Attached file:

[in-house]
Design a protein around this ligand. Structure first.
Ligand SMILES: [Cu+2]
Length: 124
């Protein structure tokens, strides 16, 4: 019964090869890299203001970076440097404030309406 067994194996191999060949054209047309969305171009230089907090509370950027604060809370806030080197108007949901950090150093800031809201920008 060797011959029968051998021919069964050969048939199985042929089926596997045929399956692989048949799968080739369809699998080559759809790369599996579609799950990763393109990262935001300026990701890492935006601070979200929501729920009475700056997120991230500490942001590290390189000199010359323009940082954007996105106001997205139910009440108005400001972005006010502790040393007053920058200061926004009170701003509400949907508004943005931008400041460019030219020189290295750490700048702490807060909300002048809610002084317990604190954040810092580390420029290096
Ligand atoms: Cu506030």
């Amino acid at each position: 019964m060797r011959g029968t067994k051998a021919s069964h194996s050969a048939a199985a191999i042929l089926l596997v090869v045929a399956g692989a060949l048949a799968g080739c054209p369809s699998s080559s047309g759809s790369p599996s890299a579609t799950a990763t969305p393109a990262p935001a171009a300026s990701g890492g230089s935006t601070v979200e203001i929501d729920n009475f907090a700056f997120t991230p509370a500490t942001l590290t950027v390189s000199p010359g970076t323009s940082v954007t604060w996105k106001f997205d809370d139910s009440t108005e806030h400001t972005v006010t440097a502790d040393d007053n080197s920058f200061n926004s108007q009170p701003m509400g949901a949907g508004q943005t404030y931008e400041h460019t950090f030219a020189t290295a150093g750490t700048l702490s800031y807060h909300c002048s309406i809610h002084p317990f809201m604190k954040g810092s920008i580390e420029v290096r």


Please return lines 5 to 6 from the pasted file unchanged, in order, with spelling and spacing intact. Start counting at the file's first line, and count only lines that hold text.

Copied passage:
């Protein structure tokens, strides 16, 4: 019964090869890299203001970076440097404030309406 067994194996191999060949054209047309969305171009230089907090509370950027604060809370806030080197108007949901950090150093800031809201920008 060797011959029968051998021919069964050969048939199985042929089926596997045929399956692989048949799968080739369809699998080559759809790369599996579609799950990763393109990262935001300026990701890492935006601070979200929501729920009475700056997120991230500490942001590290390189000199010359323009940082954007996105106001997205139910009440108005400001972005006010502790040393007053920058200061926004009170701003509400949907508004943005931008400041460019030219020189290295750490700048702490807060909300002048809610002084317990604190954040810092580390420029290096
Ligand atoms: Cu506030």